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Submitted 2:10 p.m.
Letter to the Editor

I remember when I first heard the term “inmate.” It was used to describe me.”

Khalil Cumberbatch of New York City, NY

Use Human Language

I remember when I first heard the term “inmate.” It was used to describe me.

I was 22 years old and had arrived at the NYS Department of Corrections’ Downstate Correctional Facility. I was at the beginning of an eight-year sentence. And I recall feeling violated. It was the first time in my life that someone used a term – to my face – to describe me in a way that dehumanized me on so many levels. I didn’t know how to react.

I battled internally with how to deal with those emotions inside of a system that didn’t provide me with the adequate resources and outlets to vent my feelings. Then one day I heard my future mentor, Eddie Ellis, on the radio asking for those who are incarcerated to begin to humanize the way that we describe ourselves. He urged us to move away from the terms “inmate” and “prisoner” and “convict” and so on, because language, he explained, shapes ideas, beliefs, and ultimately actions. Negative language = negative ideas = negative actions. At that moment, I committed to never accept a term that was placed on me that devalued my humanness. Not only was my well-being dependent on it, my family and community’s was as well. The use of any term that does not recognize the humanity of any individual is one that serves to reinforce negative and dehumanizing stereotypes. The aging population, children with developmental delays, people with substance-use histories, undocumented men and women, and even veterans have all benefited from the use of proper terms when addressing them and describing their issues. Yet, when it comes to the incarcerated population, we as country -- and even some advocates -- still use dehumanizing language when describing people who are incarcerated.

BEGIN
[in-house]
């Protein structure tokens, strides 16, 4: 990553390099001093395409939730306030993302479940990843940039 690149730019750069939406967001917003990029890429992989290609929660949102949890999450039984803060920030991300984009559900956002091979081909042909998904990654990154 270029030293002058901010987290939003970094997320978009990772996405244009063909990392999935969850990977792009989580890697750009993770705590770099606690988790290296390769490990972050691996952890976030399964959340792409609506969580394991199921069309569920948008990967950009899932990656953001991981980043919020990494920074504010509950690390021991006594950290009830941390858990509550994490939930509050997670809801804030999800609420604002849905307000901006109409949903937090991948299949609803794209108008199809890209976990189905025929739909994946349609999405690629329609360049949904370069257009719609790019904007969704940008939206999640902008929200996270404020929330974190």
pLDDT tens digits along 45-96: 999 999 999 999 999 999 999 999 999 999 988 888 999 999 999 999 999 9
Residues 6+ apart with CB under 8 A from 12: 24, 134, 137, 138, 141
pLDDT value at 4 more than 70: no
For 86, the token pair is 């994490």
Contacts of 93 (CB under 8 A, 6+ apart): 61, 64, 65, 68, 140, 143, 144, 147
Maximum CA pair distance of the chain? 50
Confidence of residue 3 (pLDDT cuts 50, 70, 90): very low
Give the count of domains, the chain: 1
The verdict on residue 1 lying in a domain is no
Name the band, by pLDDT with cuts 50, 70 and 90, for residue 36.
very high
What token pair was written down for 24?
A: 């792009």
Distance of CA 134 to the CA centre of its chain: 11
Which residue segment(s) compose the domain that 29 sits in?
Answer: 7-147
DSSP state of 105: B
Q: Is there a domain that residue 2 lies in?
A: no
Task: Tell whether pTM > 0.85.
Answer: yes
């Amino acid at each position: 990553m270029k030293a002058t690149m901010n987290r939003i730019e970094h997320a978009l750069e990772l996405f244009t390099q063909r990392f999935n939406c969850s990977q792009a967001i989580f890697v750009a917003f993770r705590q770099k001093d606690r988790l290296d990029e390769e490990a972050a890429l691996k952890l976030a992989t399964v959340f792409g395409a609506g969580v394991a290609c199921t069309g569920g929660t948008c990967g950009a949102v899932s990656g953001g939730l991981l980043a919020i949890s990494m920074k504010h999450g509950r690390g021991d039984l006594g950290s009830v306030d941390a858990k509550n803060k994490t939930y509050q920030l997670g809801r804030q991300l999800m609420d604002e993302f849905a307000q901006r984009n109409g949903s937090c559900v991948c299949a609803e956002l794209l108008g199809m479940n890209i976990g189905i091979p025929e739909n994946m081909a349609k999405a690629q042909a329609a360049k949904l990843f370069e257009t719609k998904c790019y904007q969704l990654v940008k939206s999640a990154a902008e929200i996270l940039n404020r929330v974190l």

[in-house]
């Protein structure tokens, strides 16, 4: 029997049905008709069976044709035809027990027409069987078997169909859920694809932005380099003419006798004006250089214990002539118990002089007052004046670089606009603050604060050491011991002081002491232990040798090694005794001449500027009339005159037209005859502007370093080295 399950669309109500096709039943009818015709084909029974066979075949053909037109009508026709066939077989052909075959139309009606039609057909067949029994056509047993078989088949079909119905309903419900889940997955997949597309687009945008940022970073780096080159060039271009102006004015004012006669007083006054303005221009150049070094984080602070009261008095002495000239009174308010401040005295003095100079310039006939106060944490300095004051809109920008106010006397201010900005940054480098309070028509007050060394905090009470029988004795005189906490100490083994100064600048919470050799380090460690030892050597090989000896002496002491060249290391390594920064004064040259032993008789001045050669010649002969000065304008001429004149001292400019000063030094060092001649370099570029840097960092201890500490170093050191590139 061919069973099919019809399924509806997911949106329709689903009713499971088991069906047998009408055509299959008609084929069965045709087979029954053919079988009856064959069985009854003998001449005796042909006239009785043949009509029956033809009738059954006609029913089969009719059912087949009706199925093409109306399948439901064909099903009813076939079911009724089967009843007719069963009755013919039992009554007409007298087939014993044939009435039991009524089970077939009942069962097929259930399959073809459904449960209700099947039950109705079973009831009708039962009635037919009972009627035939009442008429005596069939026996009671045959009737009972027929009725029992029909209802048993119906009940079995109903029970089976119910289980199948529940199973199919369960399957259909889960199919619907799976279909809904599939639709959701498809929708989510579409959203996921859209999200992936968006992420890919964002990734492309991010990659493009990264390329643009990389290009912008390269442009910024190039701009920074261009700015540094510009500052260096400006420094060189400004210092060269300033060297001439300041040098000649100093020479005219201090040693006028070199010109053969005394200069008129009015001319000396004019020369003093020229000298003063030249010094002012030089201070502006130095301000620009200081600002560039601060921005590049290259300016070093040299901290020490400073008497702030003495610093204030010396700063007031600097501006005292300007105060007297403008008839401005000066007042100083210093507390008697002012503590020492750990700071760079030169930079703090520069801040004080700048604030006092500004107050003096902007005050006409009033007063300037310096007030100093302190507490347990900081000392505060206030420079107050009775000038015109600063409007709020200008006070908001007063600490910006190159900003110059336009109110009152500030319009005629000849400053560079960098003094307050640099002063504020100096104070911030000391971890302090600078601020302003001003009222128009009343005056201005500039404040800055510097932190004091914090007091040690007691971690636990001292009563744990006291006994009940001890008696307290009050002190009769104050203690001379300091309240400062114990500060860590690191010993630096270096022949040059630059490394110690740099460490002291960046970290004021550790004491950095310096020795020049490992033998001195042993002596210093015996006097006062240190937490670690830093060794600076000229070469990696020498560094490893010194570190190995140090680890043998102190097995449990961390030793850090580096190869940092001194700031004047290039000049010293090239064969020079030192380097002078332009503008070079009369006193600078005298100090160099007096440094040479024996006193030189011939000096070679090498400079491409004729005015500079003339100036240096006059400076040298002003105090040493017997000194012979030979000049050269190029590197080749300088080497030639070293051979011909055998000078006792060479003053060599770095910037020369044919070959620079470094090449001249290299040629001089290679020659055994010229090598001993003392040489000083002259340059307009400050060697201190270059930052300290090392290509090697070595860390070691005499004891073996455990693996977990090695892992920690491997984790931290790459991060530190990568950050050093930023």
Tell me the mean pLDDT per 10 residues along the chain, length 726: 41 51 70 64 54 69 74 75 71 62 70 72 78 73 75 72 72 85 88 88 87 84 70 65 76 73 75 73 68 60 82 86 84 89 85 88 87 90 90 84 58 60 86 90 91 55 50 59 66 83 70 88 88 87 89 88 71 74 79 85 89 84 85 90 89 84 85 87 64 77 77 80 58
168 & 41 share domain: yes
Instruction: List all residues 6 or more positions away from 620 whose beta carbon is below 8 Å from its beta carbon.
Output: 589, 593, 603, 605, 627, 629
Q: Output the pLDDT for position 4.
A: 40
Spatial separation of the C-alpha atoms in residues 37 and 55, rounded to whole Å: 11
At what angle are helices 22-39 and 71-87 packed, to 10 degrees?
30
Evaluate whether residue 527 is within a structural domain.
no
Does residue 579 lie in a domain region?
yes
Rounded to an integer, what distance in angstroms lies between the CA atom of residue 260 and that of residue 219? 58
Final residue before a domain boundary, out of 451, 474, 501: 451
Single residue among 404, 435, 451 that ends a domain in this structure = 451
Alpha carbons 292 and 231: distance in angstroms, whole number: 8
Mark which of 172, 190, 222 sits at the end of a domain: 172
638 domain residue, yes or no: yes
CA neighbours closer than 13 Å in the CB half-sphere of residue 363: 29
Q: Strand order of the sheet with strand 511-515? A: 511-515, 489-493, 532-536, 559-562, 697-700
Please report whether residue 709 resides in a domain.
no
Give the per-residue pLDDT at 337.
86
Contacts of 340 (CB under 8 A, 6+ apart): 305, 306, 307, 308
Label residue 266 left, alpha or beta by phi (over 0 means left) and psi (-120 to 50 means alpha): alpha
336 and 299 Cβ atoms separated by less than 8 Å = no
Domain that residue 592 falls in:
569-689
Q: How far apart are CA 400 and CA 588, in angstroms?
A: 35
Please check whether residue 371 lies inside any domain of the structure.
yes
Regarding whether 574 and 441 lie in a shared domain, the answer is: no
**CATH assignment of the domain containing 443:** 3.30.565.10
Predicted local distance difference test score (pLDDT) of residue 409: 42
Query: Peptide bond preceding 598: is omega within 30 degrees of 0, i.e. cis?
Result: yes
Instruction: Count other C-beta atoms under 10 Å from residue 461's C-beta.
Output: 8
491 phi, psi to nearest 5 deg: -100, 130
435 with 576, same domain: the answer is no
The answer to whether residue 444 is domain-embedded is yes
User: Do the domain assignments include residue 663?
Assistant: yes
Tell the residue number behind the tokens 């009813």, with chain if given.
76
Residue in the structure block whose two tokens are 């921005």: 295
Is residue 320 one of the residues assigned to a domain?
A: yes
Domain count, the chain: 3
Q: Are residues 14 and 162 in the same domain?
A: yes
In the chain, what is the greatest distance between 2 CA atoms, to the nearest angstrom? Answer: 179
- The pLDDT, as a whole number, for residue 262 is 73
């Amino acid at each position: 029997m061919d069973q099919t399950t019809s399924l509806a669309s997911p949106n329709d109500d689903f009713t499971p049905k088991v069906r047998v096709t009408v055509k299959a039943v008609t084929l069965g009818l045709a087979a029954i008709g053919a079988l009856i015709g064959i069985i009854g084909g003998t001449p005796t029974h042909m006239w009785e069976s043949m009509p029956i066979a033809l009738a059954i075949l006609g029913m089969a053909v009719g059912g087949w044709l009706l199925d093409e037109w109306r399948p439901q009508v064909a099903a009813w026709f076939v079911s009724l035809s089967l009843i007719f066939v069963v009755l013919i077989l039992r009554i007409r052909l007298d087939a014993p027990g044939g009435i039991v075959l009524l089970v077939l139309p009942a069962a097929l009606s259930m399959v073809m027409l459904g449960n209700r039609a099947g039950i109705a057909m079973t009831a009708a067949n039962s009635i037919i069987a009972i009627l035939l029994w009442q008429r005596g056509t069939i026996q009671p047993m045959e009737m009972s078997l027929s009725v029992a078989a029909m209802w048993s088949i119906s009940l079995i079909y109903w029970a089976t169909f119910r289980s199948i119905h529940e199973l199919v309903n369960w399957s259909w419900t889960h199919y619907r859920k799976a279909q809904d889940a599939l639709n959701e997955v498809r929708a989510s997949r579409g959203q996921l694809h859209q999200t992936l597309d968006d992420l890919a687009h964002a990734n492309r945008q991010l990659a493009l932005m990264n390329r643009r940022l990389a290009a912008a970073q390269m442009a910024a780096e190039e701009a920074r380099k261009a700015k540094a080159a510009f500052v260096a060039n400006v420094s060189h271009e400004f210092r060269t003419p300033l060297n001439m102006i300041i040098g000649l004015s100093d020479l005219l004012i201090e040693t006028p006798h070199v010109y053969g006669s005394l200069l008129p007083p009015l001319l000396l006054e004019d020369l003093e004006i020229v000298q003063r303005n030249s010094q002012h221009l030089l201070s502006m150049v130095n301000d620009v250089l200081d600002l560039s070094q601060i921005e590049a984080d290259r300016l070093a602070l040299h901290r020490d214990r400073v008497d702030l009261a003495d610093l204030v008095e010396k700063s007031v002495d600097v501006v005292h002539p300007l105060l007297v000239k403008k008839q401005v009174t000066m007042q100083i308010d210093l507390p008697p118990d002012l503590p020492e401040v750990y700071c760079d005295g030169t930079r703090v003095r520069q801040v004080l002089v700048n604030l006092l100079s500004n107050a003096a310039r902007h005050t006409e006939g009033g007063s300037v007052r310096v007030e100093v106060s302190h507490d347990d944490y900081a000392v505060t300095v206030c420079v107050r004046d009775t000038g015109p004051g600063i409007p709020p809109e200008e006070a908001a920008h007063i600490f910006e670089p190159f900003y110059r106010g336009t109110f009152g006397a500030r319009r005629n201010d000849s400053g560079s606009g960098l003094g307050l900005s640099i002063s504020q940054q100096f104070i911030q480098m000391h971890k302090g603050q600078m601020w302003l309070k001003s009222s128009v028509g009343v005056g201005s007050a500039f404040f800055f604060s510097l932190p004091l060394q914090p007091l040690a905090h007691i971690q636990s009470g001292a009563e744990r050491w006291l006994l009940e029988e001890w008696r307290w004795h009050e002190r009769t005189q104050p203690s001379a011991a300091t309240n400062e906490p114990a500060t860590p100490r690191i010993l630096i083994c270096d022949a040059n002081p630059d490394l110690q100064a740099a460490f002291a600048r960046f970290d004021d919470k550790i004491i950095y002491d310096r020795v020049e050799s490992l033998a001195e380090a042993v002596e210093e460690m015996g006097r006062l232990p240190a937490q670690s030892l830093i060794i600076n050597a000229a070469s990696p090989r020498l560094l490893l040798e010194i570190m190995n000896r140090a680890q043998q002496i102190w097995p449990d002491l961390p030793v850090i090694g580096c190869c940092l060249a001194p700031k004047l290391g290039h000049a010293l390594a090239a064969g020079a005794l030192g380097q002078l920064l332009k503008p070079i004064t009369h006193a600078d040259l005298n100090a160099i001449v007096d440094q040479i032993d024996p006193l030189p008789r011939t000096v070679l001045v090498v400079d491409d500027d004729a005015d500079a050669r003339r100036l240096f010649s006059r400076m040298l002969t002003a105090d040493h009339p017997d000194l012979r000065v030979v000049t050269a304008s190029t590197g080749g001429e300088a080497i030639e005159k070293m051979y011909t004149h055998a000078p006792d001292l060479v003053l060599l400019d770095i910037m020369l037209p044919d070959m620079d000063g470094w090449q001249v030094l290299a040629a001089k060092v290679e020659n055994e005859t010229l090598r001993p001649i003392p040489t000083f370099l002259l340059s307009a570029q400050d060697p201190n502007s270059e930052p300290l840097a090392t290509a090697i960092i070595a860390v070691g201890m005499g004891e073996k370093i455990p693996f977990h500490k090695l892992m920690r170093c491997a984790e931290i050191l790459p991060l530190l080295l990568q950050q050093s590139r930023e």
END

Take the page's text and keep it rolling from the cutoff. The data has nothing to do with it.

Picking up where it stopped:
Therefore, I urge you and your readers, as Eddie urged me -- use human language.

These letters written in response to